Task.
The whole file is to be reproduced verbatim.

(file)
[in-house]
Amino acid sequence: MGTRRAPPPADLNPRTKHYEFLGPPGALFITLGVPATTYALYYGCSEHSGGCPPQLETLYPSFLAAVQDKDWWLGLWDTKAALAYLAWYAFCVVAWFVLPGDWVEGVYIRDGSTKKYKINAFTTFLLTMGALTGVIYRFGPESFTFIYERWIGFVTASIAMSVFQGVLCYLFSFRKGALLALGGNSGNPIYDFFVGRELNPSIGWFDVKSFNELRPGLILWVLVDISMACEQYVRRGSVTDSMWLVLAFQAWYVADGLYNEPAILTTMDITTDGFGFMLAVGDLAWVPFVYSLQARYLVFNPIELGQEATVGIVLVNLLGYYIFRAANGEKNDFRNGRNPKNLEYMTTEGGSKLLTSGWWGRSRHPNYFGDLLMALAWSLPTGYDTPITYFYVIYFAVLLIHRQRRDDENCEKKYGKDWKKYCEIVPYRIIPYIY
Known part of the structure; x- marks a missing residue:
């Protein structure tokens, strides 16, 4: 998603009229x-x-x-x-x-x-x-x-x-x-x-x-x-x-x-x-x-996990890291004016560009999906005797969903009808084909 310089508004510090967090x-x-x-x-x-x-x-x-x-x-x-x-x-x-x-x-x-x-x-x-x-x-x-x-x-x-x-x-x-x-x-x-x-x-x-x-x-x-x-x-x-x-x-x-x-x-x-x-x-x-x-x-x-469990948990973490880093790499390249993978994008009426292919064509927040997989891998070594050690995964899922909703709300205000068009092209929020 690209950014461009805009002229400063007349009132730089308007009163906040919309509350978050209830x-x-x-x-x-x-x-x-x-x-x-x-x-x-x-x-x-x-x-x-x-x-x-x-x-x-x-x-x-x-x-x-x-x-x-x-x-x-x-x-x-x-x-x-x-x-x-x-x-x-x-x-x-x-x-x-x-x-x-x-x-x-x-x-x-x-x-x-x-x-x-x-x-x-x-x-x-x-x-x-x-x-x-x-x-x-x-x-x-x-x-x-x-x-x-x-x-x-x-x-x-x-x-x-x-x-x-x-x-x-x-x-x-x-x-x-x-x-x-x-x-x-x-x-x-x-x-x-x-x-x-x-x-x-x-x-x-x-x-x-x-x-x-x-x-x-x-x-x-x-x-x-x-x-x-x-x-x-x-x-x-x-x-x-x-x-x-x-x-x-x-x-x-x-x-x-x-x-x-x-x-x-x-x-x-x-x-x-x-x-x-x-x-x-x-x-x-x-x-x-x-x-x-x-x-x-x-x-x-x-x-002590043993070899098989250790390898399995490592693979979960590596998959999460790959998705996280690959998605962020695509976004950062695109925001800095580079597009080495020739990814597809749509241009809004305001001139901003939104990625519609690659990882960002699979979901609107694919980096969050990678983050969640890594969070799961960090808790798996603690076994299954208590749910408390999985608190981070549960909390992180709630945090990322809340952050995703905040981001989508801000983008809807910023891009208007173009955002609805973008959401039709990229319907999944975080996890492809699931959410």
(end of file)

[in-house]
Amino acid sequence: MGTRRAPPPADLNPRTKHYEFLGPPGALFITLGVPATTYALYYGCSEHSGGCPPQLETLYPSFLAAVQDKDWWLGLWDTKAALAYLAWYAFCVVAWFVLPGDWVEGVYIRDGSTKKYKINAFTTFLLTMGALTGVIYRFGPESFTFIYERWIGFVTASIAMSVFQGVLCYLFSFRKGALLALGGNSGNPIYDFFVGRELNPSIGWFDVKSFNELRPGLILWVLVDISMACEQYVRRGSVTDSMWLVLAFQAWYVADGLYNEPAILTTMDITTDGFGFMLAVGDLAWVPFVYSLQARYLVFNPIELGQEATVGIVLVNLLGYYIFRAANGEKNDFRNGRNPKNLEYMTTEGGSKLLTSGWWGRSRHPNYFGDLLMALAWSLPTGYDTPITYFYVIYFAVLLIHRQRRDDENCEKKYGKDWKKYCEIVPYRIIPYIY
Known part of the structure; x- marks a missing residue:
């Protein structure tokens, strides 16, 4: 998603009229x-x-x-x-x-x-x-x-x-x-x-x-x-x-x-x-x-996990890291004016560009999906005797969903009808084909 310089508004510090967090x-x-x-x-x-x-x-x-x-x-x-x-x-x-x-x-x-x-x-x-x-x-x-x-x-x-x-x-x-x-x-x-x-x-x-x-x-x-x-x-x-x-x-x-x-x-x-x-x-x-x-x-x-469990948990973490880093790499390249993978994008009426292919064509927040997989891998070594050690995964899922909703709300205000068009092209929020 690209950014461009805009002229400063007349009132730089308007009163906040919309509350978050209830x-x-x-x-x-x-x-x-x-x-x-x-x-x-x-x-x-x-x-x-x-x-x-x-x-x-x-x-x-x-x-x-x-x-x-x-x-x-x-x-x-x-x-x-x-x-x-x-x-x-x-x-x-x-x-x-x-x-x-x-x-x-x-x-x-x-x-x-x-x-x-x-x-x-x-x-x-x-x-x-x-x-x-x-x-x-x-x-x-x-x-x-x-x-x-x-x-x-x-x-x-x-x-x-x-x-x-x-x-x-x-x-x-x-x-x-x-x-x-x-x-x-x-x-x-x-x-x-x-x-x-x-x-x-x-x-x-x-x-x-x-x-x-x-x-x-x-x-x-x-x-x-x-x-x-x-x-x-x-x-x-x-x-x-x-x-x-x-x-x-x-x-x-x-x-x-x-x-x-x-x-x-x-x-x-x-x-x-x-x-x-x-x-x-x-x-x-x-x-x-x-x-x-x-x-x-x-x-x-x-x-002590043993070899098989250790390898399995490592693979979960590596998959999460790959998705996280690959998605962020695509976004950062695109925001800095580079597009080495020739990814597809749509241009809004305001001139901003939104990625519609690659990882960002699979979901609107694919980096969050990678983050969640890594969070799961960090808790798996603690076994299954208590749910408390999985608190981070549960909390992180709630945090990322809340952050995703905040981001989508801000983008809807910023891009208007173009955002609805973008959401039709990229319907999944975080996890492809699931959410």